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PLoS One. 2017 Nov 9;12(11):e0187818. doi: 10.1371/journal.pone.0187818. eCollection 2017.

Beyond genome-wide scan: Association of a cis-regulatory NCR3 variant with mild malaria in a population living in the Republic of Congo.

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INSERM, UMR1090 TAGC, Marseille, France.
Aix-Marseille Université, Marseille, France.
Fondation Congolaise pour la Recherche Médicale (FCRM), Villa D6, Cité OMS AFRO, Brazzaville, République du Congo.
Faculté des Sciences et Techniques, Université Marien Ngouabi, Brazzaville, République du Congo.
Unité de Recherche sur le Paludisme, Centre d'Etudes sur les Ressources Végétales (CERVE), Brazzaville, République du Congo.
Institute for Tropical Medicine, University of Tübingen, Tübingen, Germany.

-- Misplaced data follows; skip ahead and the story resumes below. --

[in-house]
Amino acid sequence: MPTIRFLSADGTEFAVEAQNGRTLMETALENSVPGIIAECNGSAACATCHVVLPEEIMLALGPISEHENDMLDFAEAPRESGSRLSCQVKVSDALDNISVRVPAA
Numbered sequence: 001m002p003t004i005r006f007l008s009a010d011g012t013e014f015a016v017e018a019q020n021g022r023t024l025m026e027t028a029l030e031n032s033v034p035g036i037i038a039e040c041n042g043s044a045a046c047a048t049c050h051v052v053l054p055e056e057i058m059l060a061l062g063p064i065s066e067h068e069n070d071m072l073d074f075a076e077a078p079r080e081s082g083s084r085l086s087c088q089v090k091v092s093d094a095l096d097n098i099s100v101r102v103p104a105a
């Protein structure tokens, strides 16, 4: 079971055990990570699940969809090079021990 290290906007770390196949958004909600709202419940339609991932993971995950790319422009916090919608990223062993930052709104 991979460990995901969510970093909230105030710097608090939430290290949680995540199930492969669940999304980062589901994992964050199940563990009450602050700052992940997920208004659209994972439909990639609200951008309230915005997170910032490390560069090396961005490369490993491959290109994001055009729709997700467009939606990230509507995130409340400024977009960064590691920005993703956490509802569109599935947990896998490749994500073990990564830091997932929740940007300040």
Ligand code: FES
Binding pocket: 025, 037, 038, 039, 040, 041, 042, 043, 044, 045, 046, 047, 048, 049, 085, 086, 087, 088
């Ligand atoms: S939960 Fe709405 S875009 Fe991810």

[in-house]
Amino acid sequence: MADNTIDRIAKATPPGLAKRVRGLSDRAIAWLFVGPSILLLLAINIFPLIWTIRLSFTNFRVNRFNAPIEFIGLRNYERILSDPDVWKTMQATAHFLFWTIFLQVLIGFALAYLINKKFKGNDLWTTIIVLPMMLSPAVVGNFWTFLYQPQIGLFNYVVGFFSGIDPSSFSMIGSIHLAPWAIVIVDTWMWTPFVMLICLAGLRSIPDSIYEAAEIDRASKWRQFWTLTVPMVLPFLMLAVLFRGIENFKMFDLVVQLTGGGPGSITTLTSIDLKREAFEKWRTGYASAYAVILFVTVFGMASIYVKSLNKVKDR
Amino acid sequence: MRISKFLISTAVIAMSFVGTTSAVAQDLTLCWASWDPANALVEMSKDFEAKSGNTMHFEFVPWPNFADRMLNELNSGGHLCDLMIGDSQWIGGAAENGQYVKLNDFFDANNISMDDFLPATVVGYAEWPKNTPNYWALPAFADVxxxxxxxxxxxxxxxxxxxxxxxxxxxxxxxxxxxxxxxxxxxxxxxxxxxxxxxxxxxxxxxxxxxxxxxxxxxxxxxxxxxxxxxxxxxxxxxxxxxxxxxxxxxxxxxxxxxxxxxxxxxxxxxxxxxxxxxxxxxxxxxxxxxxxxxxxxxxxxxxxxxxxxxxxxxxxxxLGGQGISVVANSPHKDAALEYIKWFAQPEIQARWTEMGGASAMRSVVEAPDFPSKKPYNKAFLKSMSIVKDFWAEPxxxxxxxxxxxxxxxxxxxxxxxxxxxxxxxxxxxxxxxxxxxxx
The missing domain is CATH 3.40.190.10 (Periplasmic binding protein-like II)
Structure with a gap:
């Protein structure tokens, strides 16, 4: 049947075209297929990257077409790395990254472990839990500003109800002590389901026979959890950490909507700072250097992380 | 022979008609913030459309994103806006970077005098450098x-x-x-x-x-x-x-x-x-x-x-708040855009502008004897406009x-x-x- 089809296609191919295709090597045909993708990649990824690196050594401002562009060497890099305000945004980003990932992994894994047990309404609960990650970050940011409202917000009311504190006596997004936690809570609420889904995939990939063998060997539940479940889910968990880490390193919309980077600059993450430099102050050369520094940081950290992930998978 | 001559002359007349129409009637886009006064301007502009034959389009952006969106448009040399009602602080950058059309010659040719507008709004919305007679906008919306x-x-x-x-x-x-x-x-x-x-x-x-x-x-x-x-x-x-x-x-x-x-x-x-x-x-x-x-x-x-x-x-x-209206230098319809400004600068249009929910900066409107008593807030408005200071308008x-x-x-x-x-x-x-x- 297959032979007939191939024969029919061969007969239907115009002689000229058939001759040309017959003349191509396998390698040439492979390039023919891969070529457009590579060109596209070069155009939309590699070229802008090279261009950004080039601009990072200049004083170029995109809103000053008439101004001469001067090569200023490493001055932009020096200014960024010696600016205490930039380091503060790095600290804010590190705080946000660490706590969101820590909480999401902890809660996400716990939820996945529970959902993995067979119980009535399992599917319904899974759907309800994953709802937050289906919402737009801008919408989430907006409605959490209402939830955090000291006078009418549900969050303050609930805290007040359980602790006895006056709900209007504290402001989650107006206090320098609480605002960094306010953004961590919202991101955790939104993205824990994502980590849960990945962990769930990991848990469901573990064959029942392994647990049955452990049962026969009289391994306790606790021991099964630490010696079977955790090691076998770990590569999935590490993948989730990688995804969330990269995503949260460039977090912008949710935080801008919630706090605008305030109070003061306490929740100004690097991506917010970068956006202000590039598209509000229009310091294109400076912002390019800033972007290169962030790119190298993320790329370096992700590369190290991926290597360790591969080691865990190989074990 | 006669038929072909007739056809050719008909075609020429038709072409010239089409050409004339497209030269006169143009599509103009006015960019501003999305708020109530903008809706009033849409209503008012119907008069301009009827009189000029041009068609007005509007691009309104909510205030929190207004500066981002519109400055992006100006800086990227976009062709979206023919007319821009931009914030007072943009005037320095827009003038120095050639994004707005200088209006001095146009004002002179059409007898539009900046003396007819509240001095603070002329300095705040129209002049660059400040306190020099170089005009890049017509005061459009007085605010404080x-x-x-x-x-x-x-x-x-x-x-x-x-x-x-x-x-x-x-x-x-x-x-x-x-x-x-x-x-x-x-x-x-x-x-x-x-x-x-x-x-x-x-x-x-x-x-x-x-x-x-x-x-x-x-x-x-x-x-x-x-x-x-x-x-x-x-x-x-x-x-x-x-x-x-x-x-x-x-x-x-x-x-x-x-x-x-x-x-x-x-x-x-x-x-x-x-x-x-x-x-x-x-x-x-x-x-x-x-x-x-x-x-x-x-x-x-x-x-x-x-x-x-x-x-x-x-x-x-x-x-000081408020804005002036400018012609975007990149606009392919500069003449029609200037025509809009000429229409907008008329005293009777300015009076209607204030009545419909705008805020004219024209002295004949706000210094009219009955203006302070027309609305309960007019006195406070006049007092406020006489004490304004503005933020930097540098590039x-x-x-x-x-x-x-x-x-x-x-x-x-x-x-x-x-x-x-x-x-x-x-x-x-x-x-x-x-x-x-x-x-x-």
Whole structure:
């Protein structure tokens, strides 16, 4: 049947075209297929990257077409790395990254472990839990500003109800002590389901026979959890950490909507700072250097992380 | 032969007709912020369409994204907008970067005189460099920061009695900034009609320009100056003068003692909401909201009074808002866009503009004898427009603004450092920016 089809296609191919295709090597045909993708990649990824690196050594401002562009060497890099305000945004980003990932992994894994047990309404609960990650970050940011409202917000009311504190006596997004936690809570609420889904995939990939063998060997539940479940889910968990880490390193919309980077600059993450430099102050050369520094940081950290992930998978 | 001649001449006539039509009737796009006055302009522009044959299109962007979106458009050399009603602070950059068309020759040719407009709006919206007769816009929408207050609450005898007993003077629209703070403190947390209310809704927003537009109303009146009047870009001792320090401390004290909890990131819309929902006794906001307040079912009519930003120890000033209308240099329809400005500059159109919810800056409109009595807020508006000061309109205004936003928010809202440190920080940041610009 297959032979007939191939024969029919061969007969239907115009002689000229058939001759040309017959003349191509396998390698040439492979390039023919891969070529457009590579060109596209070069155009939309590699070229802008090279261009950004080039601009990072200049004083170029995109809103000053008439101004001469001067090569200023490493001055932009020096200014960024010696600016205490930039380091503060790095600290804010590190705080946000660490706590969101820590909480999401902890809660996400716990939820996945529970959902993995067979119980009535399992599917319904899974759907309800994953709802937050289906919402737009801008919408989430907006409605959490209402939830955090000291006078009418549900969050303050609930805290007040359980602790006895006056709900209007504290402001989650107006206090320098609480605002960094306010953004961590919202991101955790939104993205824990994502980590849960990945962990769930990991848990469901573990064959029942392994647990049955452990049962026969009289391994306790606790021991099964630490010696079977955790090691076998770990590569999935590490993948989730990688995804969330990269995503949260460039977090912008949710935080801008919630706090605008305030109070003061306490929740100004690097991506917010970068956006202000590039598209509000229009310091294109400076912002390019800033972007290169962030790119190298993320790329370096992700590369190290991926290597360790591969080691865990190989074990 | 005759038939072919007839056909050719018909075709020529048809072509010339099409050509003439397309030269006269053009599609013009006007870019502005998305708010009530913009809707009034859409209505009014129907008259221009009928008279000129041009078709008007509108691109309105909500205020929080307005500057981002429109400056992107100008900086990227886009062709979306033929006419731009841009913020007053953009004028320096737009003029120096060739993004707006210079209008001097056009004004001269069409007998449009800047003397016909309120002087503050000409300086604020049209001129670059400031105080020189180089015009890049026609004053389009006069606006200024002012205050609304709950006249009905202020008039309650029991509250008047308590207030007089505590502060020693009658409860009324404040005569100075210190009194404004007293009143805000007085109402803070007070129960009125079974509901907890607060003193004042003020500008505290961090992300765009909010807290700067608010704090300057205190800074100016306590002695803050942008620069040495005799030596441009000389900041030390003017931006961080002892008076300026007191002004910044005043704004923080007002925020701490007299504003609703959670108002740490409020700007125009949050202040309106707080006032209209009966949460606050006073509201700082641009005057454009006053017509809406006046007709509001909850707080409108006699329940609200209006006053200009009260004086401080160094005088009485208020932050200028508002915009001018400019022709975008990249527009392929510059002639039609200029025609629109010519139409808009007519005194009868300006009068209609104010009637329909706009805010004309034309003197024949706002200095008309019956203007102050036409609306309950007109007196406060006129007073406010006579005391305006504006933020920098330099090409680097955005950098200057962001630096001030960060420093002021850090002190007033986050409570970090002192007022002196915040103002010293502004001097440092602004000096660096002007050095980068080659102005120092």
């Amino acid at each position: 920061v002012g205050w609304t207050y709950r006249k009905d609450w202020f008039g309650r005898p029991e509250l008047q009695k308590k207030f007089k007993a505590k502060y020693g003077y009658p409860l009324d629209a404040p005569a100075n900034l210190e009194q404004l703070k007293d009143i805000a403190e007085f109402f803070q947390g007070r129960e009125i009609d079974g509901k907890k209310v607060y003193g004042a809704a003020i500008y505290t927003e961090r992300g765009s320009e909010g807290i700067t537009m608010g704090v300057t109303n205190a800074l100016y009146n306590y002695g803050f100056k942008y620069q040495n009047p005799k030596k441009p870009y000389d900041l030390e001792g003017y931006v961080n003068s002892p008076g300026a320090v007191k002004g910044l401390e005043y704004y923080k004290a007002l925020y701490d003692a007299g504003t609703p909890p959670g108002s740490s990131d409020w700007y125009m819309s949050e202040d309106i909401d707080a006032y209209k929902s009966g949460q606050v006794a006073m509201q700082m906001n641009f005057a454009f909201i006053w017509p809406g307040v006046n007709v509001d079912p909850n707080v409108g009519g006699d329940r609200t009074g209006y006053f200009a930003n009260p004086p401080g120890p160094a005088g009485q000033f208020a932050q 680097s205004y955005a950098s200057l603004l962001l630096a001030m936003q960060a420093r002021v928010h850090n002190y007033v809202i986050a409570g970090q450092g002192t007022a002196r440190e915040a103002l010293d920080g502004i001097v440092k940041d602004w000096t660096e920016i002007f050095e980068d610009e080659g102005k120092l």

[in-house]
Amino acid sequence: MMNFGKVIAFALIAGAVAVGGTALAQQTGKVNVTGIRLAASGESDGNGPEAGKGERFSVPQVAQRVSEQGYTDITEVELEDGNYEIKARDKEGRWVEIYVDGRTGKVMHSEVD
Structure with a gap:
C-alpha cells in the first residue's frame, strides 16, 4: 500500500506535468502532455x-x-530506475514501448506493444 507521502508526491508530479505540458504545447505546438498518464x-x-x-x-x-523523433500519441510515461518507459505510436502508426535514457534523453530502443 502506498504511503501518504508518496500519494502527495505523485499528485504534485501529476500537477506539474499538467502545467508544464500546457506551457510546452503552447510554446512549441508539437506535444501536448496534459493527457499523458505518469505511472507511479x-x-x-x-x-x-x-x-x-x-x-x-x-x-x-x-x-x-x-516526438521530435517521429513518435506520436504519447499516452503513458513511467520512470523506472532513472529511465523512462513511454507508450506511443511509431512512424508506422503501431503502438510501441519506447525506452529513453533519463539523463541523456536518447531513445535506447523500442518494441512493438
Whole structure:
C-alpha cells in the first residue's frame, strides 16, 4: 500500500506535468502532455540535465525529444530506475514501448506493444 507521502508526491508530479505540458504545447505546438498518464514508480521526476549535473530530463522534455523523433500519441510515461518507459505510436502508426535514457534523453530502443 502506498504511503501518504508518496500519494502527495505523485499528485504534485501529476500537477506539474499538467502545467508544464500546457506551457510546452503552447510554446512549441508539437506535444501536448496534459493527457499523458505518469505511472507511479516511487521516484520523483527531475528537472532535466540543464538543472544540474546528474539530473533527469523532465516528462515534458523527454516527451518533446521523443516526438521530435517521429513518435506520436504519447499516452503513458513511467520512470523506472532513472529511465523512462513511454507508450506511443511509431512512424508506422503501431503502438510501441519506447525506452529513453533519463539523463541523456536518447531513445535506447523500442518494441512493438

Linkage studies have revealed a linkage of mild malaria to chromosome 6p21 that contains the NCR3 gene encoding a natural killer cell receptor, whereas NCR3-412G>C (rs2736191) located in its promoter region was found to be associated with malaria in Burkina Faso. Here we confirmed the association of rs2736191 with mild malaria in a Congolese cohort and investigated its potential cis-regulatory effect. Luciferase assay results indicated that rs2736191-G allele had a significantly increased promoter activity compared to rs2736191-C allele. Furthermore, EMSAs demonstrated an altered binding of two nuclear protein complexes to the rs2736191-C allele in comparison to rs2736191-G allele. Finally, after in silico identification of transcription factor candidates, pull-down western blot experiments confirmed that both STAT4 and RUNX3 bind the region encompassing rs2736191 with a higher affinity for the G allele. To our knowledge, this is the first report that explored the functional role of rs2736191. These results support the hypothesis that genetic variation within natural killer cell receptors alters malaria resistance in humans.

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